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A Chinese Lion — A Golden Spike.
The Newhall Signal and Saugus Enterprise | Wednesday, September 8, 1976.
More than a thousand people turned out Sunday to celebrate the final official event of this anniversary year: the driving of the golden spike that connected Los Angeles with San Francisco and the transcontinental railway.
The ceremony, at the site of the onetime Lang Station, where early travelers stopped to bathe in mineral springs and where today a contractors' school trains laborers — and contributed mightily to the preparation of the site and the monument.
Highlights of the afternoon were the dragon and lion dances sponsored by the Chinese Historical Society of Southern California, in which the decorative serpents writhed at the end of sticks carried by Chinese youngsters amid the sharp explosions of firecrackers.
For some three hours before the program, visitors admired the antique cars lined up at the site by the Santa Clarita Valley Antique Car Club, along with the antique fire engine supplied by the County Fire Department.
Two beautiful model trains (1¼ inch scale) were brought by Ed St. John of Los Angeles and Lowell Brown of Arleta, both members of the Los Angeles Live Steamers. Both were replicas of the locomotive that brought guests from Los Angeles to the driving of the original spike.
And that spike itself was on display in a plastic case, having been brought down from San Francisco for the occasion by the California Historical Society, in whose archives it rests.
The hours before the ceremony were enlivened by the music of country-western star Carl Cribbs of Canyon Country. As the only real train at the celebration came in from the East, the Cribbs combo played "She'll Be Comin' 'Round the Mountain."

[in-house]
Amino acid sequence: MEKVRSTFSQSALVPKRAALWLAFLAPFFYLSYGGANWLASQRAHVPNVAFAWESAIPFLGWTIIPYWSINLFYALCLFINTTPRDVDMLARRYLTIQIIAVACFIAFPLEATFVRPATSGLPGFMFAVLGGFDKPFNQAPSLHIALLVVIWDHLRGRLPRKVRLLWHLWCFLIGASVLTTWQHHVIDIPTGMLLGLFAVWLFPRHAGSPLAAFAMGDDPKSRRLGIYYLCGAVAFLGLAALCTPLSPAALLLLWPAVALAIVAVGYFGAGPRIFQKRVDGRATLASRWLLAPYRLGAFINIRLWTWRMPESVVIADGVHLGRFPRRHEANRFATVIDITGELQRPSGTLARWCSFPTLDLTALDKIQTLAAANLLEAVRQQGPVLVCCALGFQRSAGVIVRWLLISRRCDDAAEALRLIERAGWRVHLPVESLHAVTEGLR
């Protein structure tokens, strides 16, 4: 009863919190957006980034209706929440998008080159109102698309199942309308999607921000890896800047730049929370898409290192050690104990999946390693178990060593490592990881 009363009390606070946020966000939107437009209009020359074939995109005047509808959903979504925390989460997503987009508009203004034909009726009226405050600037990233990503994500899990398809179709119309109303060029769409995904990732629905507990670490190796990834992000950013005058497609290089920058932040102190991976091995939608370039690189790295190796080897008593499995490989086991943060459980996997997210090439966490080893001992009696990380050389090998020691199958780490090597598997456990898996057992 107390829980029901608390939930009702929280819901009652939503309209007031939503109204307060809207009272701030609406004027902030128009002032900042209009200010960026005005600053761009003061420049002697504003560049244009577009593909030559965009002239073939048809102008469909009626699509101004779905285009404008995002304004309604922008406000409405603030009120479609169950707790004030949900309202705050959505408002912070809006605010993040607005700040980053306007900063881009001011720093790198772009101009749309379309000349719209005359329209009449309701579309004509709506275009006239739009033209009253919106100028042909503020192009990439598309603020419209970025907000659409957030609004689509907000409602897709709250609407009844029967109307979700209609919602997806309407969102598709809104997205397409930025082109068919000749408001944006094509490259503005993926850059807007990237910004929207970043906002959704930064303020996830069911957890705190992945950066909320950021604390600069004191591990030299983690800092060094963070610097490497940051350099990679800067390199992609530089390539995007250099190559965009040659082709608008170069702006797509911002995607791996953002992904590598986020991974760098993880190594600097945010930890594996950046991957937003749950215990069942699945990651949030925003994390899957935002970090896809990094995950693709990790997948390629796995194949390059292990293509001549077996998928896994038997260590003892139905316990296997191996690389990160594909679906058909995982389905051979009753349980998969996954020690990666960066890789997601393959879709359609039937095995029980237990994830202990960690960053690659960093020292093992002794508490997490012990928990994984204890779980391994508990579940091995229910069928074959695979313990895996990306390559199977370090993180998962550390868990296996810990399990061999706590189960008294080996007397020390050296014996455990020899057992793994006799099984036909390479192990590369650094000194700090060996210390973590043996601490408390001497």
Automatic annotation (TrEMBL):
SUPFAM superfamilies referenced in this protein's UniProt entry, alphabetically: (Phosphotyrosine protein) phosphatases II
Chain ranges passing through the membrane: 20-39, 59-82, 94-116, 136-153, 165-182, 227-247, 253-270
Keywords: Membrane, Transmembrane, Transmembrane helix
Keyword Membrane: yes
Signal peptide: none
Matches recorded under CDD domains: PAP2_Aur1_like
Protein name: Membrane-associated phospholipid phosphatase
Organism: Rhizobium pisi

The train fell somewhat short of what the sponsors had hoped. At the fiftieth anniversary of the occasion, passengers had arrived aboard a steam train, in costume, giving style to the event.
This time, however, Southern Pacific stood by its adamant corporate stand that it would tolerate no passengers, whether or not there was a ceremony. The train was one of its three bicentennial diesel engines, showing visible signs of wear after a year on the road, and ignominiously hauling freight cars towards Saugus.
The crowd, however, maintained its spirit, and cheered the Canyon High brass band, and the presentation by school song leaders of American flags.
The program included introduction by chairman Charles Weeks of Bobbie Trueblood, local bicentennial chairman, who led the salute to the flag; invocation by Fr. Timothy Nichols of Our Lady of Perpetual Help church; and introduction of guests by James G. Shea, vice president of the Southern Pacific Company.
A brief history of the building of the railroad of Los Angeles was given by S.P. regional operations manager John Ramsey of San Francisco.
The members of E Clampus Vitus, a society of California history buffs, paraded in their miners' costumes of red shirts and other assorted garb, carried aloft their symbols of hoopskirts and ladies' pantalettes. They were introduced by Don Torgeson, who presented a plaque for the occasion.
The feature of the day was the Chinese contribution. California Secretary of State March Fong Eu spoke briefly of the part played by Chinese in California, and was followed by eloquent Stanley Lau, president of the Chinese Historical Society of Southern California, who introduced the dancers.
After the dance, Mrs. Eu read the plaque in English and, haltingly, in Chinese (which she had to memorize for the occasion).
Robert Banning, grandson of Phineas Banning, who brought the first stage into the Santa Clarita Valley and built the first railroad in Los Angeles, drove the replica of the golden spike. (He offered Mrs. Eu the first crack, but she missed and happily turned the maul back to him.)
This anniversary was especially significant because of the part played in the celebration by the Chinese, who were actually the builders of the railroad and have only in very recent years emerged from the long night of discrimination. It was the first golden spike ceremony in which Americans of Chinese descent have actively participated.
The day concluded with a barbecue and dance at the Elks Lodge, presided over by the Mint Canyon Lions' Club.